So Zinni is out, Hill is in, and the general to this day has no idea what happened, why he was left spinning like a character from Scanners.

But at least Obama isn't weighed down by all that old-style thinking -- like managerial experience, proper planning, inter-office communication, and common courtesy -- that made the Bush administration the object of scorn and ridicule to the new elites. Now is not the time for thinking ahead or making sure the right hand knows what the left hand is washing. Now is the time for action, action, action!

So what was Zinni's reaction?

"As a sorry offer to placate me, they offered ambassador to Saudi," he said in a separate e-mail message, referring to Saudi Arabia. "I told them to stick it where the sun don’t shine."

Sounds like sound advice. Like Sen. Judd Gregg (R-NH, 72%), Gen. Anthony Zinni got his first chance for second thoughts about joining Team Obama.

Hatched by Dafydd on this day, February 6, 2009, at the time of 5:17 AM | Comments (2) | TrackBack

January 29, 2009

Military Judge Shockingly Chooses to Follow Law, Not Obamic Decree

Injudicious Judiciary , Military Machinations , War Against Radical Islamism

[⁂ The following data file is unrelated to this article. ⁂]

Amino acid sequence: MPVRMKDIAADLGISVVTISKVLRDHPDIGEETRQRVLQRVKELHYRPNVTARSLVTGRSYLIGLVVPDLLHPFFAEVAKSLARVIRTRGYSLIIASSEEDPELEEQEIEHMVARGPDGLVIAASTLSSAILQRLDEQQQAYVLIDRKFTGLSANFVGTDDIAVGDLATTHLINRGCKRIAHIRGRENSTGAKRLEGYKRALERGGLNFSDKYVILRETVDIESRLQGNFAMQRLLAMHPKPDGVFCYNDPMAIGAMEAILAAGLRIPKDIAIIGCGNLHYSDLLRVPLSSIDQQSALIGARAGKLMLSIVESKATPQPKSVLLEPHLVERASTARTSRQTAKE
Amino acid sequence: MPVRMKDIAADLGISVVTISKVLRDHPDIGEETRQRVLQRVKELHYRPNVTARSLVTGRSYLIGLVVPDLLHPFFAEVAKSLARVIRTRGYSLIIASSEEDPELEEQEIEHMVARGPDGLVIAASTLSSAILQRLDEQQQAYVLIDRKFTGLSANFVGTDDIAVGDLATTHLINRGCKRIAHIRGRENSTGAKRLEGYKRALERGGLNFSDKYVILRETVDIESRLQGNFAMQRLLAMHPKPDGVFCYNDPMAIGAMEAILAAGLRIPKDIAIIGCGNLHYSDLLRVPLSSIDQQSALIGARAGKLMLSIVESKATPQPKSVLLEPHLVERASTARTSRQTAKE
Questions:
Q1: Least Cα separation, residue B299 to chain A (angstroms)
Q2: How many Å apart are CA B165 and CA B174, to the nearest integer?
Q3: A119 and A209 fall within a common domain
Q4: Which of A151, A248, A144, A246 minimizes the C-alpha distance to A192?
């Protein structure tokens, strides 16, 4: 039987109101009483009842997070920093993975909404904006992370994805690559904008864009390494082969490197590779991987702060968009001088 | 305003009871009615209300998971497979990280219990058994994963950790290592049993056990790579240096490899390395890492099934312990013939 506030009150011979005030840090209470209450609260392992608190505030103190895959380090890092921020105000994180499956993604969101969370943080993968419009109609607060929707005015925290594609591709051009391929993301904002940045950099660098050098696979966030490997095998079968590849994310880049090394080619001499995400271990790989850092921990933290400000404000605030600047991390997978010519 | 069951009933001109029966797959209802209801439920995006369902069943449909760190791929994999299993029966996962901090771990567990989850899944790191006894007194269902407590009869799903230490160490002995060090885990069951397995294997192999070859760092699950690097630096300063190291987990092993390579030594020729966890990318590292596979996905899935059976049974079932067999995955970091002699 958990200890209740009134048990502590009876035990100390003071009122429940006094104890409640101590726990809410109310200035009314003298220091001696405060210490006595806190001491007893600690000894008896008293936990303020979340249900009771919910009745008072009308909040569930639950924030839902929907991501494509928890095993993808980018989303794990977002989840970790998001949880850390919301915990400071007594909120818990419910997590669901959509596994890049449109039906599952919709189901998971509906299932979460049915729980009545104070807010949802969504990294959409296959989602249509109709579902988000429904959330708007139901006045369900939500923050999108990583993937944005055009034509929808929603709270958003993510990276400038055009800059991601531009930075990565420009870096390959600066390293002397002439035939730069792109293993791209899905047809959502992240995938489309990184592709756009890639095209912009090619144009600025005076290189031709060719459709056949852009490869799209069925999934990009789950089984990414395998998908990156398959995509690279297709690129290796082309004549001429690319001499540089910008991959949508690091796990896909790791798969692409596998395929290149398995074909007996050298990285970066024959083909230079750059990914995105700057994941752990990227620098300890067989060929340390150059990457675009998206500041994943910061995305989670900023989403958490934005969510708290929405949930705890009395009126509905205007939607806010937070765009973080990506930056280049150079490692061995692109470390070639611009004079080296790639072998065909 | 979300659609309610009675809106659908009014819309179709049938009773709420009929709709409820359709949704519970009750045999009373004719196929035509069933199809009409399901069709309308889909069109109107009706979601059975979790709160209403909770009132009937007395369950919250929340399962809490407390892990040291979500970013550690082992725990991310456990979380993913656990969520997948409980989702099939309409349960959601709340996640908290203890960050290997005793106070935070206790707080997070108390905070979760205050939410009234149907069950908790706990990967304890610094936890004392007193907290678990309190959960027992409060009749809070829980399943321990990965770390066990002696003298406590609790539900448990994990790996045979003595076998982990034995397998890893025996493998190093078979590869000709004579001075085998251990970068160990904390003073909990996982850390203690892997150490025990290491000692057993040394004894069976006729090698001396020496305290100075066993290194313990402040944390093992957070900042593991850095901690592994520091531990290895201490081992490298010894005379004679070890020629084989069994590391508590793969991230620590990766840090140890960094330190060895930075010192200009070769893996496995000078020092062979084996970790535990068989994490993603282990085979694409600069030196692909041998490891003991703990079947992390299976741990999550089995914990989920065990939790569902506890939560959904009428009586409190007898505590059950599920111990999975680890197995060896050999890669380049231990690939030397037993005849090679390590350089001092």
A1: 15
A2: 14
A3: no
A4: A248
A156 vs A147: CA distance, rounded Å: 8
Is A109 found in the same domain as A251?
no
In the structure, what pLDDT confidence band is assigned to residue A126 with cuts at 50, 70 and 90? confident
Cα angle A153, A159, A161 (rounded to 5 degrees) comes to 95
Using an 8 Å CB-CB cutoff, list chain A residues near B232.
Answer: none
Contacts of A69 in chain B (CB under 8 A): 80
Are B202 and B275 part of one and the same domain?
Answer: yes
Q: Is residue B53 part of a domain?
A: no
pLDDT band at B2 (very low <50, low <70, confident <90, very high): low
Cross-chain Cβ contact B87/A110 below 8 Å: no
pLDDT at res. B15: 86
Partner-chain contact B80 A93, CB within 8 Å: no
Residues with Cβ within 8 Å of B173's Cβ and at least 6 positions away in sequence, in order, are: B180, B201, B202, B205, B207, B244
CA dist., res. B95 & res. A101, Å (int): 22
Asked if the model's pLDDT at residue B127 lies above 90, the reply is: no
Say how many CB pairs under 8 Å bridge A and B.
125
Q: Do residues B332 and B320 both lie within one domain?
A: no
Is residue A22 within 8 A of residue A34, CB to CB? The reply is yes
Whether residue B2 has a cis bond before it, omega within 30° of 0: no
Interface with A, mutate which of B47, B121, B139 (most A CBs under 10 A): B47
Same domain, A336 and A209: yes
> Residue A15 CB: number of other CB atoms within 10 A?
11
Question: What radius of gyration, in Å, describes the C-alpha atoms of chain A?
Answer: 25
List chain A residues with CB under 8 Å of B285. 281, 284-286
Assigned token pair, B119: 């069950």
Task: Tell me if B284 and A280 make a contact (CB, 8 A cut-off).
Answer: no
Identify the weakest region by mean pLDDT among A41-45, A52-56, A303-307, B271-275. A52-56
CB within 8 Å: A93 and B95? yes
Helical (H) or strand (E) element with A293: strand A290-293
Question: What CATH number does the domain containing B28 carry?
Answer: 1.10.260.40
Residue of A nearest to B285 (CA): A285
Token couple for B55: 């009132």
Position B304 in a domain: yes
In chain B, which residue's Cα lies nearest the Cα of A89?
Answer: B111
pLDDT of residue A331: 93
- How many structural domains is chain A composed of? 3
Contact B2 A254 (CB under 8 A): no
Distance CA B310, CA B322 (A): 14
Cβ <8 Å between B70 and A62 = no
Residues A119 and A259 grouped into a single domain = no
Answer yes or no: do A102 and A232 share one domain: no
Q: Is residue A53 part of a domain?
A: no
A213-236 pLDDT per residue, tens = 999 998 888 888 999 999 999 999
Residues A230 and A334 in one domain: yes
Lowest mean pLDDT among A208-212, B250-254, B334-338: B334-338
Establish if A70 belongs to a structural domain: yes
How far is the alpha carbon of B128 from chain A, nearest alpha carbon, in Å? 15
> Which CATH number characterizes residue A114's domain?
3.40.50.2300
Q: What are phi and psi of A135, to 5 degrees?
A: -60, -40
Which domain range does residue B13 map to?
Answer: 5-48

Hatched by Dafydd

Military Judge Col. James Pohl decided to continue with the arraignment of Abd al Rahim al-Nashiri, accused of planning the bombing of the U.S.S. Cole in Yemen in 2000, an attack that killed seventeen American sailors and wounded fifty.

Nashiri, one of the Big Three who was waterboarded, is about to be arraigned by a military commission at the Guantanamo Bay Detention Facility. But President Barack H. Obama wants to personally "review" all 245 cases before allowing the George W. Bush policy of trying the detainees by military commissions to proceed. To that end, Obama signed an executive order calling for a delay of at least 120 days, while he decides whether to:

  1. Close the facility, drop all charges against everybody, and release all the terrorist detainees in the United States;
  2. Close the facility and rendite all the detainees to European allies -- who refuse to accept them;
  3. Or close the facility and transfer all the detainees to ordinary federal courts -- which will promptly order the feds to produce all classified data from the war on the Iran/al-Qaeda axis in open court, thus conveying it all to al-Qaeda, Hezbollah, Hamas, Jemaah Islamiya, and every other militant Islamist terrorist organization in the world... and when even the Obama administration refuses to do this, the civilian courts will dismiss all charges against each detainee, releasing them into the United States.